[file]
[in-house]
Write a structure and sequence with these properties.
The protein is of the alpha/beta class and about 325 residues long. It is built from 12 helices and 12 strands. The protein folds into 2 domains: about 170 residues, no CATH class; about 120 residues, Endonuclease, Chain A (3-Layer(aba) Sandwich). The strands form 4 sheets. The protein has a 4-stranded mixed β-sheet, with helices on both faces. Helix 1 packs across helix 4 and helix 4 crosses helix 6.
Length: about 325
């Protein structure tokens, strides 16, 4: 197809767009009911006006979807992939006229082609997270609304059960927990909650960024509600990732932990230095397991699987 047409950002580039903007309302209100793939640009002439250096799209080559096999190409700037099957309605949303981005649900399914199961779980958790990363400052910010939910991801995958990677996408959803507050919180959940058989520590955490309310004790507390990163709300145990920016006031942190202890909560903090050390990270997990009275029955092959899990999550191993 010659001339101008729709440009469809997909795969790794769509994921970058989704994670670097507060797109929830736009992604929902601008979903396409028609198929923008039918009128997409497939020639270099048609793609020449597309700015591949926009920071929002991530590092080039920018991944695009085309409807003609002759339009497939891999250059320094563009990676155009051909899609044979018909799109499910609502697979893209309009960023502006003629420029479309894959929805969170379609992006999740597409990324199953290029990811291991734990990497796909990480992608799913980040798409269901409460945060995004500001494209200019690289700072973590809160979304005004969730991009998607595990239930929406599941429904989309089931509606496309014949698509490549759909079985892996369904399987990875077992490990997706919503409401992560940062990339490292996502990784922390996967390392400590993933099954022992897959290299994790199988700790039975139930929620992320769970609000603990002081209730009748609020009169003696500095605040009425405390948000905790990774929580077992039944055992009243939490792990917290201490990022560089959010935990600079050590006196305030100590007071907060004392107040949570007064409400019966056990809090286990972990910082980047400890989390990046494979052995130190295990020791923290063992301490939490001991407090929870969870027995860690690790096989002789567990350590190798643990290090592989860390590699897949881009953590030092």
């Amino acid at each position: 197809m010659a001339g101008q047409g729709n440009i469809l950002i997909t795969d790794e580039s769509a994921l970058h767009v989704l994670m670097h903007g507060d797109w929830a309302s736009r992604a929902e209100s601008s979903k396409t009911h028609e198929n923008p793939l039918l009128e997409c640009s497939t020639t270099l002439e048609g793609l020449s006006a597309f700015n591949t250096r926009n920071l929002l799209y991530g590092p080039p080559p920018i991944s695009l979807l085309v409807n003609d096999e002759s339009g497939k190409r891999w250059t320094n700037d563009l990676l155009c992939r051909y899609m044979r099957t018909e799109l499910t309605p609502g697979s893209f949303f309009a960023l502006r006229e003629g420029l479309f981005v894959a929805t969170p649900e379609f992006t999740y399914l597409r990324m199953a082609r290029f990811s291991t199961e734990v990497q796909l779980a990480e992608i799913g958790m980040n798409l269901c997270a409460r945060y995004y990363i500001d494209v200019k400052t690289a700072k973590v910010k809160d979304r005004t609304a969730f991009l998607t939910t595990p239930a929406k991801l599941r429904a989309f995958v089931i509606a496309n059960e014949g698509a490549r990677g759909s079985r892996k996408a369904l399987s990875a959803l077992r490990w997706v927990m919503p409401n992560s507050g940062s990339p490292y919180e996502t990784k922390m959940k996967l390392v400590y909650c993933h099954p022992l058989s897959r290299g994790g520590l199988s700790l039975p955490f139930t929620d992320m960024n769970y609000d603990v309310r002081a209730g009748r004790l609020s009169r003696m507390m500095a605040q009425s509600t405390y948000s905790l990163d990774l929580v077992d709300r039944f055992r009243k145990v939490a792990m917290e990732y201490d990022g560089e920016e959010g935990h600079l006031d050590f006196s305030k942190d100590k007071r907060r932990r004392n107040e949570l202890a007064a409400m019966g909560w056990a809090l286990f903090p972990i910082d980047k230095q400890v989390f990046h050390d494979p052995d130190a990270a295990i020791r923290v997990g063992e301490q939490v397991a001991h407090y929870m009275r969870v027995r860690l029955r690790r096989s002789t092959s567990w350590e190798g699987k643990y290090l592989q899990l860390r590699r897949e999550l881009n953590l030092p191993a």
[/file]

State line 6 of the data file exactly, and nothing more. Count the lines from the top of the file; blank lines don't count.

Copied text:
């Amino acid at each position: 197809m010659a001339g101008q047409g729709n440009i469809l950002i997909t795969d790794e580039s769509a994921l970058h767009v989704l994670m670097h903007g507060d797109w929830a309302s736009r992604a929902e209100s601008s979903k396409t009911h028609e198929n923008p793939l039918l009128e997409c640009s497939t020639t270099l002439e048609g793609l020449s006006a597309f700015n591949t250096r926009n920071l929002l799209y991530g590092p080039p080559p920018i991944s695009l979807l085309v409807n003609d096999e002759s339009g497939k190409r891999w250059t320094n700037d563009l990676l155009c992939r051909y899609m044979r099957t018909e799109l499910t309605p609502g697979s893209f949303f309009a960023l502006r006229e003629g420029l479309f981005v894959a929805t969170p649900e379609f992006t999740y399914l597409r990324m199953a082609r290029f990811s291991t199961e734990v990497q796909l779980a990480e992608i799913g958790m980040n798409l269901c997270a409460r945060y995004y990363i500001d494209v200019k400052t690289a700072k973590v910010k809160d979304r005004t609304a969730f991009l998607t939910t595990p239930a929406k991801l599941r429904a989309f995958v089931i509606a496309n059960e014949g698509a490549r990677g759909s079985r892996k996408a369904l399987s990875a959803l077992r490990w997706v927990m919503p409401n992560s507050g940062s990339p490292y919180e996502t990784k922390m959940k996967l390392v400590y909650c993933h099954p022992l058989s897959r290299g994790g520590l199988s700790l039975p955490f139930t929620d992320m960024n769970y609000d603990v309310r002081a209730g009748r004790l609020s009169r003696m507390m500095a605040q009425s509600t405390y948000s905790l990163d990774l929580v077992d709300r039944f055992r009243k145990v939490a792990m917290e990732y201490d990022g560089e920016e959010g935990h600079l006031d050590f006196s305030k942190d100590k007071r907060r932990r004392n107040e949570l202890a007064a409400m019966g909560w056990a809090l286990f903090p972990i910082d980047k230095q400890v989390f990046h050390d494979p052995d130190a990270a295990i020791r923290v997990g063992e301490q939490v397991a001991h407090y929870m009275r969870v027995r860690l029955r690790r096989s002789t092959s567990w350590e190798g699987k643990y290090l592989q899990l860390r590699r897949e999550l881009n953590l030092p191993a």